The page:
In 2021 the UK commercial channel ITV announced a new TV adaptation of the classic Deighton novel The Ipcress File, famously made into what became a series of three blockbuster films in the 1960s which made Michael Caine a household name as Harry Palmer.
The series will be broadcast in the UK from 6 March 2022, and rights have also been sold to a number of countries, including to AMC in the USA which will broadcast the series first there.
While clearly drawing elements from the movies series - no least, the overall look of the main character, still dubbed Harry Palmer (although in the books he was an unnamed spy) - the early publicity indicated the TV series format has given the show more licence to include elements from the book not used in the original film, and to bring in a couple of new characters.
The pre-publicity push by ITC online and in the media has highlighted certain aspects of the story, introduced the actors behind the main characters, and also given a glimpse of the locations and plot points to be featured in the series. What is clear is that ITV has put a lot of budget behind this production and is clearly pinning a lot of hopes that this 1960s spy story will translate well for a modern streaming audience. They have also opened up the possibility that, should the series prove to be a success, then there is scope for developing stories from the other books - Funeral in Berlin, Horse Under Water and Billion-Dollar Brain. There will also, evidently, be some nods back to the original 1960s film.
Early indications suggest that while the core plot remains the same - Harry Palmer is recruited as a spy to track down missing British scientists - the TV series is making more of plot points and back story information in the original books that didn't make it to the film. For example, the publicity information indicates there will be scenes on the atoll where Harry is sent on the trail of a missing nuclear scientist, and also the scenes in the book in the Near East, as Harry tracks down the network behind the kidnappings.
Liverpool has evidently stood in for London as the main backdrop for Harry Palmer's engagements in London and his scenes with Major Dalby and Jean Tonneson, his love interest in the book and - evidently - the TV series too. Palmer's office was apparently filmed in a former school.
Filming also took place in Croatia, standing in for 'sixties East and West Berlin; scenes at Checkpoint Charlie in East Berlin were filmed in Rijeka in the country, while a location near Split in Croatia doubled for the Pacific atoll. Apparently, too, Tokyo also provides a number of backdrops for scenes which, in the original film, were film in a very different world which has largely disappeared - the urban and cultural aesthetic of 1960s Britain. A number of scenes set in the US were filmed at a disused diner in Wales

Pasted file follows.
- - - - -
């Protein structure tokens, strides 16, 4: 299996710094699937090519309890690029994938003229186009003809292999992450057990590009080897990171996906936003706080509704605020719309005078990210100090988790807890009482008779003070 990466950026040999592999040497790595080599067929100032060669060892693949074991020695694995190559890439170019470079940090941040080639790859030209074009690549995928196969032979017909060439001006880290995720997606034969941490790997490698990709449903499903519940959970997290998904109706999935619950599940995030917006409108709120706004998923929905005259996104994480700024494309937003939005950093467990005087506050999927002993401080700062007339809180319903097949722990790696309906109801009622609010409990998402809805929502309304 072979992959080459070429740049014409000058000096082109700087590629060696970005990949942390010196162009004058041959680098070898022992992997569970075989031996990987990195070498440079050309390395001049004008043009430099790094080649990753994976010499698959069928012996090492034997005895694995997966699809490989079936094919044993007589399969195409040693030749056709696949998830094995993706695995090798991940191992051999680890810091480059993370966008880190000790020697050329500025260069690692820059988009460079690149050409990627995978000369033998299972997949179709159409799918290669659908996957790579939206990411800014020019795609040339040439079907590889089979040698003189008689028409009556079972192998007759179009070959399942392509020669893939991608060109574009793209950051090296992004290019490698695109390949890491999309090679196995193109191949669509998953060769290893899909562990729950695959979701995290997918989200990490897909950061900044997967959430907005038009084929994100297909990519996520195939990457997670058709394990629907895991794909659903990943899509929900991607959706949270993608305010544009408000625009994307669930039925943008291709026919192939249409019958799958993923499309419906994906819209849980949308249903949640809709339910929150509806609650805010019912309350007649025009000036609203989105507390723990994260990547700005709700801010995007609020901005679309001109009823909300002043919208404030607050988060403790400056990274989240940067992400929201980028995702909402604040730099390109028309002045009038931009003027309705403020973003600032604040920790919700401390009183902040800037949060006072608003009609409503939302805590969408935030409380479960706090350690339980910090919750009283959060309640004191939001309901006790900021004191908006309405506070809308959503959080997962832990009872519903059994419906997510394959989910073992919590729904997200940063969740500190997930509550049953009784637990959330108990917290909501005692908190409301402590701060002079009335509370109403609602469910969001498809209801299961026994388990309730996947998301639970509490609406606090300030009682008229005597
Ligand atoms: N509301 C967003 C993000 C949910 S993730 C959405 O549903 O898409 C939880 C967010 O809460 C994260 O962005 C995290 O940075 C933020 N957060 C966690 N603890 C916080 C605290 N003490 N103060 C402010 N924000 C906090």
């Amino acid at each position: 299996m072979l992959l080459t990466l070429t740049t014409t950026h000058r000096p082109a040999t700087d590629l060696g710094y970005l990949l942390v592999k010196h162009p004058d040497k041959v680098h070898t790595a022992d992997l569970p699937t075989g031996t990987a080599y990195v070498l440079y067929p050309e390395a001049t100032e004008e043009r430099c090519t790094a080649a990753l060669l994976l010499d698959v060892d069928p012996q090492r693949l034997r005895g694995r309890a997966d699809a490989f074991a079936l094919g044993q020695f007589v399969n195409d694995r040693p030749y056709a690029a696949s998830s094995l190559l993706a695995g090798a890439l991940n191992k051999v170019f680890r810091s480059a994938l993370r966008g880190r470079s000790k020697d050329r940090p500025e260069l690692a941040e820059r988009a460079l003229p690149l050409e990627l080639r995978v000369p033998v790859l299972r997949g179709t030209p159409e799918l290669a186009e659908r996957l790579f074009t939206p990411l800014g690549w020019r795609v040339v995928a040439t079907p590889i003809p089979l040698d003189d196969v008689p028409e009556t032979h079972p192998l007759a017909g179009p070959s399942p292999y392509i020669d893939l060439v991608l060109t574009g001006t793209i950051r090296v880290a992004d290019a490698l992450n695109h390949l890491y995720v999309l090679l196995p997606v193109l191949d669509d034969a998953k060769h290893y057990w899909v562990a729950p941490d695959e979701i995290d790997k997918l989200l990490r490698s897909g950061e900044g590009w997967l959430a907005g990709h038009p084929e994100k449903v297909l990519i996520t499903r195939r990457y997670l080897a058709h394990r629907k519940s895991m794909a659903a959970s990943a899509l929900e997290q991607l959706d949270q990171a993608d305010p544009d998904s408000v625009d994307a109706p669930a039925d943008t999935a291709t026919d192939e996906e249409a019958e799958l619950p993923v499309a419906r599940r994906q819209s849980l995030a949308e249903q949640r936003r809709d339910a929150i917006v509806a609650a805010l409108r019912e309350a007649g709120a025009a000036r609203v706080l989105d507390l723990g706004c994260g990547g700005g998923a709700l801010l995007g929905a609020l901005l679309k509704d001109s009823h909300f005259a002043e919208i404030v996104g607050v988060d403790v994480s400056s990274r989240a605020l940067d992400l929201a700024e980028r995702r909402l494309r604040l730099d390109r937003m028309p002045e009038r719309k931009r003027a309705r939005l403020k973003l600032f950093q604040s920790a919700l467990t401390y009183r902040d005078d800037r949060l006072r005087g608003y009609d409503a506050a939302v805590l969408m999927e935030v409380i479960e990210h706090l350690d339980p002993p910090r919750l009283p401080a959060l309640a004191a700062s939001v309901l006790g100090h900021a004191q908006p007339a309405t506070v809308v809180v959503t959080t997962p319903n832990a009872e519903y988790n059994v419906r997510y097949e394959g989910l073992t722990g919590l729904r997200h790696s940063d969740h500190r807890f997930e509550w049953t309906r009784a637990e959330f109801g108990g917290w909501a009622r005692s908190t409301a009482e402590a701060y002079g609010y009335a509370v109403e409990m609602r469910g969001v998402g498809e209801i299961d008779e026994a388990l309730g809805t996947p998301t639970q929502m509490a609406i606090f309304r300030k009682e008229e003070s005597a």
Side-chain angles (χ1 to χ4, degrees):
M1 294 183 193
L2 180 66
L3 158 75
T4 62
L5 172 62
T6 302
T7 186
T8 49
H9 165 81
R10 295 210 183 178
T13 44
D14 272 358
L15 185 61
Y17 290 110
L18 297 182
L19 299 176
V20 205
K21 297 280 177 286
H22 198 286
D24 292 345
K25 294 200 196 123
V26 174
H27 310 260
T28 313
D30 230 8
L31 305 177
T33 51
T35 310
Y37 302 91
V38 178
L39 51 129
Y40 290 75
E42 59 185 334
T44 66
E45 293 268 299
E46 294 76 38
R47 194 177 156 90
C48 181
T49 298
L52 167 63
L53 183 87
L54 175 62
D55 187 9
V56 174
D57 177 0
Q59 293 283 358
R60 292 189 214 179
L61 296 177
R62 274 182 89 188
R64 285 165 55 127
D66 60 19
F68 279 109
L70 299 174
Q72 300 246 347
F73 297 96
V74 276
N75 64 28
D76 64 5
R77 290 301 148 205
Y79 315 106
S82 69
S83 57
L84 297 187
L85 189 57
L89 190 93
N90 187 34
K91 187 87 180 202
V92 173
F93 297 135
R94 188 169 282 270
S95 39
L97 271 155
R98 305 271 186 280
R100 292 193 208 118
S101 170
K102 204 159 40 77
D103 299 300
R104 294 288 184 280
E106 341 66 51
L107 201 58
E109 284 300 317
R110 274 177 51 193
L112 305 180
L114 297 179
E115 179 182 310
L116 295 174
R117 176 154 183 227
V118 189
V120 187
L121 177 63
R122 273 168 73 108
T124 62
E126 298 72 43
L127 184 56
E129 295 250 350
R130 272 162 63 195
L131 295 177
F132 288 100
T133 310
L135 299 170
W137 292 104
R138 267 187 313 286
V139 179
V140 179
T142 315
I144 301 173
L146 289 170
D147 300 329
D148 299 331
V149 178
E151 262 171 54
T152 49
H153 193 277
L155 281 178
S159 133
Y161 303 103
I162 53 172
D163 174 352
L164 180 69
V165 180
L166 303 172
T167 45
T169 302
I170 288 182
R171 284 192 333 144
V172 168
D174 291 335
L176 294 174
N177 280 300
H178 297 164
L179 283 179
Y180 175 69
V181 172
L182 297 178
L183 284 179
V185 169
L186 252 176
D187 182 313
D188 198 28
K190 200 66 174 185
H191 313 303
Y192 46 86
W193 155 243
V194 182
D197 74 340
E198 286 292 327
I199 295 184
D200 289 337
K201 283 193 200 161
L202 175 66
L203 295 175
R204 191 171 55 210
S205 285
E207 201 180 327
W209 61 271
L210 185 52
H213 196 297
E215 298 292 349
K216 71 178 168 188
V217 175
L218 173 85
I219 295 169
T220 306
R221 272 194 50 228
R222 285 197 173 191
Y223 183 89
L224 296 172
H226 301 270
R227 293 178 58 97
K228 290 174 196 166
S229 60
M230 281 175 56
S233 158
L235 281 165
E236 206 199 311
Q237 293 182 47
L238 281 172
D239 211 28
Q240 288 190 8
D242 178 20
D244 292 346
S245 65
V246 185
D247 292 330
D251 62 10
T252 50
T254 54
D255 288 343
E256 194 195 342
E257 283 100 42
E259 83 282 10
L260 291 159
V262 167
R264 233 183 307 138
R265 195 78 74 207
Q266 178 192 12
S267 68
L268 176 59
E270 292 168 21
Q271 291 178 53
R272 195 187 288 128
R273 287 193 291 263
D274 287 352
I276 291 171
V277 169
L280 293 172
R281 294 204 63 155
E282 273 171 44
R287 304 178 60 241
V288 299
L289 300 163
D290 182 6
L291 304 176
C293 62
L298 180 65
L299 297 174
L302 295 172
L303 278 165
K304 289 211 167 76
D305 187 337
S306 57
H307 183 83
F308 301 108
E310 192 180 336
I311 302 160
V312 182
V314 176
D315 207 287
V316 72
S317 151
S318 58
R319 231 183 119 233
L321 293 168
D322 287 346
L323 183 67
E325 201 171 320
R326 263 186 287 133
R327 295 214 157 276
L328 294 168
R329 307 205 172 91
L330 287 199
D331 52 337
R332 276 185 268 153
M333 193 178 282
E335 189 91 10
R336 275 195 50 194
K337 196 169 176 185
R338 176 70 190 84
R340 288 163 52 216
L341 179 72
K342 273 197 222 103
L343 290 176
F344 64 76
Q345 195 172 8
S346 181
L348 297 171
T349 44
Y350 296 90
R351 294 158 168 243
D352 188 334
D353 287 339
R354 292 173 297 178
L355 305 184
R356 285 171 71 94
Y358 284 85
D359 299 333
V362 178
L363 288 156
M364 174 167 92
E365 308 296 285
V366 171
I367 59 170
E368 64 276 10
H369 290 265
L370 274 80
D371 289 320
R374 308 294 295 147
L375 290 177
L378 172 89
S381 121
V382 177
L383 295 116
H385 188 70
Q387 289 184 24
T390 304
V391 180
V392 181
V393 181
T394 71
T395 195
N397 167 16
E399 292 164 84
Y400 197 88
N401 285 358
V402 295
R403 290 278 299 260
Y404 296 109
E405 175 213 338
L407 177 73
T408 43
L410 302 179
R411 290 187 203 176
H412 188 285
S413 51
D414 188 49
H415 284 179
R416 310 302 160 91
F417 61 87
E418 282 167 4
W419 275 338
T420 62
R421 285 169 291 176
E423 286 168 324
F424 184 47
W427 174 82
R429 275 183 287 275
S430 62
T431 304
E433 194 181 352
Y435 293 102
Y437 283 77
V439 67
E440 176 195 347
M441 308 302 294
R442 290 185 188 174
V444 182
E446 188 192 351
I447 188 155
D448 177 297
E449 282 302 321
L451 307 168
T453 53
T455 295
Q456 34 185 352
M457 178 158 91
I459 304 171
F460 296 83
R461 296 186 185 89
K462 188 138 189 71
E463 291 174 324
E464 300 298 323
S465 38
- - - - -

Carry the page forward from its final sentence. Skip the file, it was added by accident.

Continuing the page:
Actor Joe Cole, 33, plays Harry Palmer. Although known in the UK for his role in Peaky Blinders, he is not yet regarded as a major 'name' in the UK, so this will certainly be his biggest role to date, carrying a whole series. Early publicity photos show that Cole and the wardrobe team has leant heavily on the overall look of Harry Palmer as created by Michael Caine - though, with some differences, notably in the style of glasses used.
Actesss Lucy Boynton plays Jean Tonneson. In the series, she is no longer Palmer's secretary but an agent herself, with early publicity shots demonstrating that she will have a much more dynamic and frontline role in the overall plot arc. Evidently, she is set up to be a match for Palmer.
Hollywood actor Tom Hollander plays William Dalby, who is the head of War Office Operation Communications (dubbed W.O.O.C.(P). in the original books), and he should bring some real star quality to the series. Early scenes show he has the subtle contempt for working class Harry and disdain for his approach that Harry's boss had in spades in the original movie.
A new character is African-American CIA agent Paul Maddox, played by Ashley Thomas; he does not appear in the original books.
Writers and directors
The director of the series is James Watkins, who worked on the BBC 1 thriller McMafia.
This trailer video from ITV highlights a number of stylistic cues from the original 'sixties film, but demonstrates a significant number of plot adaptations or additions that should provide for a richer story development across the six episodes.
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